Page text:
In a perfect world, job interviewers would be able to gauge your talents with great accuracy, so that you wouldn’t need to engage in any form of boasting or self-promotion. But talents can be notoriously hard to judge, particularly in short-term interactions with other such as job interviews: there is only a 4% overlap between interview ratings and subsequent job performance ratings.
One reason for this elusive nature of talent is that it is quite easy to fake, especially when people are deceived about their own talents. Indeed, fooling others is much easier when you have managed to fool yourself. Unsurprisingly, narcissists and psychopaths can interview really well. Another reason is that those in charge of evaluating talent are not as talented at it as they think, so they over-rely on their intuition and misinterpret key signals: e.g., extraversion for social skills, confidence for competence, and charisma for leadership potential.
So what should you do if you are interested in communicating your talents to others without coming across as a show-off or as being somewhat deluded? Here are four simple suggestions to consider:
Briefly quantify your most relevant experience: While past behavior doesn’t always predict future behavior— particularly if the context changes—people will want to be reassured that you “have done it before.” Fortunately, this is one of the first questions you will be asked when your talents are being evaluated, so you wont be accused of showing off for simply answering what you are asked.
That said, it is essential that you keep it brief. We are living in an age of short attention spans. The risk here is that you get so immersed in your answer that people stop paying attention to what you are saying and make assumptions about your lack of brevity. This could work against you: people who talk too much about themselves are often perceived as self-centered, arrogant, or even narcissistic. It is also likely that if you big up your achievements too much while not being sufficiently specific or concrete, your audience will assume you are exaggerating.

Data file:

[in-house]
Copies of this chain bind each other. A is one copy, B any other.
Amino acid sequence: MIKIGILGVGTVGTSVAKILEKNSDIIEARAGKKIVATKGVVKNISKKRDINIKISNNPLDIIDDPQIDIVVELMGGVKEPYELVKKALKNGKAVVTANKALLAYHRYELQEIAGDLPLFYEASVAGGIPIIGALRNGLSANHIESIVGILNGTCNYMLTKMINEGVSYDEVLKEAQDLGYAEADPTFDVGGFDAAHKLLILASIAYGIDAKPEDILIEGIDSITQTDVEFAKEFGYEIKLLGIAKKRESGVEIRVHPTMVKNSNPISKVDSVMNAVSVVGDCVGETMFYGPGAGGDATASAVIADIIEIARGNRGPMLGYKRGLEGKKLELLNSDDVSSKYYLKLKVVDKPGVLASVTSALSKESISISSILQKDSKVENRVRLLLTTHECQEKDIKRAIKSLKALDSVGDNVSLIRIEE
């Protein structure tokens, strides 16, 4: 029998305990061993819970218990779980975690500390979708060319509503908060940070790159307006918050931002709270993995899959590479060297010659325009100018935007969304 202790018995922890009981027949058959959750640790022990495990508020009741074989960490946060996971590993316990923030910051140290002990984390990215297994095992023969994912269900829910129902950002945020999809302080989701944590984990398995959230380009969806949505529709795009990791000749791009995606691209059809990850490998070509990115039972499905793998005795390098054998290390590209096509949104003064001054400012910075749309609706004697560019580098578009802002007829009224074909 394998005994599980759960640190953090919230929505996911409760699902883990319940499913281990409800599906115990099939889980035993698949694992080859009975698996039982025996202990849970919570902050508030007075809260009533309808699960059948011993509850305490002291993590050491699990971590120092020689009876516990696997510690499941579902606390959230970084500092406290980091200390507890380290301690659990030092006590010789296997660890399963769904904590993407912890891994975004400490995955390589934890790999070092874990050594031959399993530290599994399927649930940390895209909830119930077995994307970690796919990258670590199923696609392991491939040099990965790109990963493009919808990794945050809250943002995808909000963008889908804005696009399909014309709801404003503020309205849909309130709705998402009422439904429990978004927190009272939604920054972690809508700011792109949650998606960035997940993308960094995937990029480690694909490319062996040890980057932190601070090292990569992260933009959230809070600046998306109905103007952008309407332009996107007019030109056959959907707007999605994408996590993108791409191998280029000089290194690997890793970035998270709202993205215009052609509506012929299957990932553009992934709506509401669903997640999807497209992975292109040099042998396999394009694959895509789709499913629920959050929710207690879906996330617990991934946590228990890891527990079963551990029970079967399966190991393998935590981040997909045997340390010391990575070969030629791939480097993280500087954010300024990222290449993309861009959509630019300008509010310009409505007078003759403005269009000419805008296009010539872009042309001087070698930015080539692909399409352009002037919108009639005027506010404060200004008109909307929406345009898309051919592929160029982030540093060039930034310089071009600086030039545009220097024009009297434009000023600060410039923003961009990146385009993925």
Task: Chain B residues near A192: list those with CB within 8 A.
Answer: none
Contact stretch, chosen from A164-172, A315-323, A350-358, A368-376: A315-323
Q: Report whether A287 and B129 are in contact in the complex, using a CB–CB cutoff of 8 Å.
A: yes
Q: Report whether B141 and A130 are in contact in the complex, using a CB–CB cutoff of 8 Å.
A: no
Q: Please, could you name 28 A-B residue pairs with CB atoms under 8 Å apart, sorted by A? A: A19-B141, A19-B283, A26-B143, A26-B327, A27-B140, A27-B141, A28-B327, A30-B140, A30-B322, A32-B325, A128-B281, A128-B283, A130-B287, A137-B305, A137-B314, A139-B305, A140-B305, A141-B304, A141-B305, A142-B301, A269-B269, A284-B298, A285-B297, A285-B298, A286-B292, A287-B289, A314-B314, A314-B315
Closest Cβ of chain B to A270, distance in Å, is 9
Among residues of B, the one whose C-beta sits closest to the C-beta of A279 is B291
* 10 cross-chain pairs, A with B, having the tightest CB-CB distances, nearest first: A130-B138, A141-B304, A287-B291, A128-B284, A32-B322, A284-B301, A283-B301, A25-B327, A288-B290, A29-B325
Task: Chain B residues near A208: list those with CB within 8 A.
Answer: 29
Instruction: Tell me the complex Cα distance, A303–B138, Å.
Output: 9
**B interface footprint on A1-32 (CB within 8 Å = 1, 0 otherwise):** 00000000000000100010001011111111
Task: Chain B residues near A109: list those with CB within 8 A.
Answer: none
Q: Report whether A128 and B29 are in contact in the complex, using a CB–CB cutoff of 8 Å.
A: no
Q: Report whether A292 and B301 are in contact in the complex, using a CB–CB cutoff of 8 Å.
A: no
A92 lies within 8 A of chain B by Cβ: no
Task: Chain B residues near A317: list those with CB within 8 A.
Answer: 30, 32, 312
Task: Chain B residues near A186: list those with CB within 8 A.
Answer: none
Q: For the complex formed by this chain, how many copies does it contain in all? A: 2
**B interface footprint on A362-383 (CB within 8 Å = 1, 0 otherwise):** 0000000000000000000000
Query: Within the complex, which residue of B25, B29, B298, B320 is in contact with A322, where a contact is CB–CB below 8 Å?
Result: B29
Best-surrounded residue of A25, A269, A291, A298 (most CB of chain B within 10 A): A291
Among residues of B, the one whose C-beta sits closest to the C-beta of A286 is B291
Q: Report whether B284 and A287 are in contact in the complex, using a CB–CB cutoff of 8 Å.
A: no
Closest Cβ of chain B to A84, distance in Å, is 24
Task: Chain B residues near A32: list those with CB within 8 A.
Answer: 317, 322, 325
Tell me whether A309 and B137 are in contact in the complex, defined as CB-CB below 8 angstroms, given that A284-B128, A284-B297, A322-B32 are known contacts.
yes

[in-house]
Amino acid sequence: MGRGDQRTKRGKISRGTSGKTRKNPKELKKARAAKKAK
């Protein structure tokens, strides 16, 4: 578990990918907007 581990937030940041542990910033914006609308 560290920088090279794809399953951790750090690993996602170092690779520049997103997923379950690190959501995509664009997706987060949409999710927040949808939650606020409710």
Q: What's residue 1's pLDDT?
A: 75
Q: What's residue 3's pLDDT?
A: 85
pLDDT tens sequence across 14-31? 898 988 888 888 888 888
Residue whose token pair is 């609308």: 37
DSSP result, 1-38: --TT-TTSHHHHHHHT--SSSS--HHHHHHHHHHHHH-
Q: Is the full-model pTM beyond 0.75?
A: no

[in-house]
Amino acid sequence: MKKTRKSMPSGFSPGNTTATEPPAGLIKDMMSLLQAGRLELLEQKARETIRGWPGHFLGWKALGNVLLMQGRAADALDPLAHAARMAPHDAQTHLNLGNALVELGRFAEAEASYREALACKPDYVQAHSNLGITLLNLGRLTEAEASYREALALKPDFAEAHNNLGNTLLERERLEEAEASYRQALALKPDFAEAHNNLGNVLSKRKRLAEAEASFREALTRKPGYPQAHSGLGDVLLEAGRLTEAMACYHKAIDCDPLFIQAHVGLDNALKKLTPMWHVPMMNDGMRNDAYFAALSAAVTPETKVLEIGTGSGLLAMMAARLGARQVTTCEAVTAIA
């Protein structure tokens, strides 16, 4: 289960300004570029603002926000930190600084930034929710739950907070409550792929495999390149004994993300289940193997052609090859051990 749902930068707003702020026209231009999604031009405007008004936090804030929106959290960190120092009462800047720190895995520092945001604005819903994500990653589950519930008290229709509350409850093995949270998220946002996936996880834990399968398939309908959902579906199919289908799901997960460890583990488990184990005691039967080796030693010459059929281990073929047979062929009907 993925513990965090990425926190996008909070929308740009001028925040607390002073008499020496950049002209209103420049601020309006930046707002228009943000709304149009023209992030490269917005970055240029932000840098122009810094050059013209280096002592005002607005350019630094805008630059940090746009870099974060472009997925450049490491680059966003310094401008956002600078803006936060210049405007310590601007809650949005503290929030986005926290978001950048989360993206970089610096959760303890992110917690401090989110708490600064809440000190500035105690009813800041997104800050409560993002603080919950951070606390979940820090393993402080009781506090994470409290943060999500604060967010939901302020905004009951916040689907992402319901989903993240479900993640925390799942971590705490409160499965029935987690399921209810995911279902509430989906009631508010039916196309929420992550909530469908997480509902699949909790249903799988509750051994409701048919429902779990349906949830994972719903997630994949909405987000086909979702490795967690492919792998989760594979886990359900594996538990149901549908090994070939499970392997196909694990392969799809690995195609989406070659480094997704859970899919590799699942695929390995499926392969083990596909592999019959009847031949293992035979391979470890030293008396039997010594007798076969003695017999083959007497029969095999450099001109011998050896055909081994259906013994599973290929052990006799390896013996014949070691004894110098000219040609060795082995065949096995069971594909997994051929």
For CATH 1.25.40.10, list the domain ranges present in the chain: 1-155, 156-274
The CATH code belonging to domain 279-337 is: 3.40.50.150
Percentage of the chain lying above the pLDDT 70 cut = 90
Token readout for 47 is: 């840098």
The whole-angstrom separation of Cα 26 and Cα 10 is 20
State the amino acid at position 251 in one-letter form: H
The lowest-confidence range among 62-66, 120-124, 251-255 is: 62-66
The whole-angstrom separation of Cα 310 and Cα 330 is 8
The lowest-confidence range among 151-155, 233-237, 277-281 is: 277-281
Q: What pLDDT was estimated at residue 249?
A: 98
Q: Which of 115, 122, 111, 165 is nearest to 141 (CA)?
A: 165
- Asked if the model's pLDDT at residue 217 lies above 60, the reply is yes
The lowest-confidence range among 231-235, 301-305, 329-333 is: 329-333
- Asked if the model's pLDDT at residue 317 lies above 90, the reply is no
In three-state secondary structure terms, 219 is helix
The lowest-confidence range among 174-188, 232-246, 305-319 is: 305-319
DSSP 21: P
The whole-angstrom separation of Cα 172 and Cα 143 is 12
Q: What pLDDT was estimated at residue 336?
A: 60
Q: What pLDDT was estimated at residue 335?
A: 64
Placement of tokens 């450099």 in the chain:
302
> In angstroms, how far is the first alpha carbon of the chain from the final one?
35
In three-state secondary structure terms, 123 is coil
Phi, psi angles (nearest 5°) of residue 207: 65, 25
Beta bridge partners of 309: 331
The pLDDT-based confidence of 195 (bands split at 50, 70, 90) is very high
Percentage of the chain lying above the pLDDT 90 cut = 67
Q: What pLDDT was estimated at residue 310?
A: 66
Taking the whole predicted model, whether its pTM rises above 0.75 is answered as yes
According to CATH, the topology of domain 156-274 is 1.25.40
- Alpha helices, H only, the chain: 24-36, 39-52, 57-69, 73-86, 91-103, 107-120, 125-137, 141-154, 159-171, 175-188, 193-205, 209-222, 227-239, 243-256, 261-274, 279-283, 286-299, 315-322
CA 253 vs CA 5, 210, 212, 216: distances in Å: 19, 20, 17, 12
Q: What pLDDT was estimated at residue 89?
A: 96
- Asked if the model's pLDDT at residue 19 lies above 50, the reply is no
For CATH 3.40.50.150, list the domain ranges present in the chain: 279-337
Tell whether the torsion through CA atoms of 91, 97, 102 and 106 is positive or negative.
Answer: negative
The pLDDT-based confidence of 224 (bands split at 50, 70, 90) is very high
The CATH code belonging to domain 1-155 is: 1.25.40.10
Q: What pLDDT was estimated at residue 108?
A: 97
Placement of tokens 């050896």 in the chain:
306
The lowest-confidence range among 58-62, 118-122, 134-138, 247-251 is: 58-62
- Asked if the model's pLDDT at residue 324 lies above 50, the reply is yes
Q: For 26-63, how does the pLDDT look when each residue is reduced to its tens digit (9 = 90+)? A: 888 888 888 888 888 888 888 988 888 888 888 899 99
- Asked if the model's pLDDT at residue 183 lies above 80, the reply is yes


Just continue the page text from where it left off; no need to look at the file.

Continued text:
It is therefore best to quantify any relevant experience and get to the point quickly: e.g., “I have 18 years of global experience in X area/industry”, “I managed a team of 75 people”, “We grew our business unit by 150%”, or “I have led a division that was responsible for 60% of company revenues”. And if you don’t know what to report, pick what’s most relevant for the role you are being considered for.
Speak about your passion rather than your skills: For some reason, it is OK to be enthusiastic about your interests and passions, but not so much about your talents. For example, you can’t expect others to celebrate the fact that you are really impressed with your sense of humor or your (self-rated) leadership skills. Try telling people “I am one of the funniest people in the world” and they will immediately assume you are not—probably rightly so. The same goes for telling them that you are a “great leader” or a “disruptive thinker.” However, if you report that you really enjoy managing teams, thinking of unconventional ways of doing things, or that you always “try to see the funny side of things,” it may at least suggest to others that you could have some talent in those areas.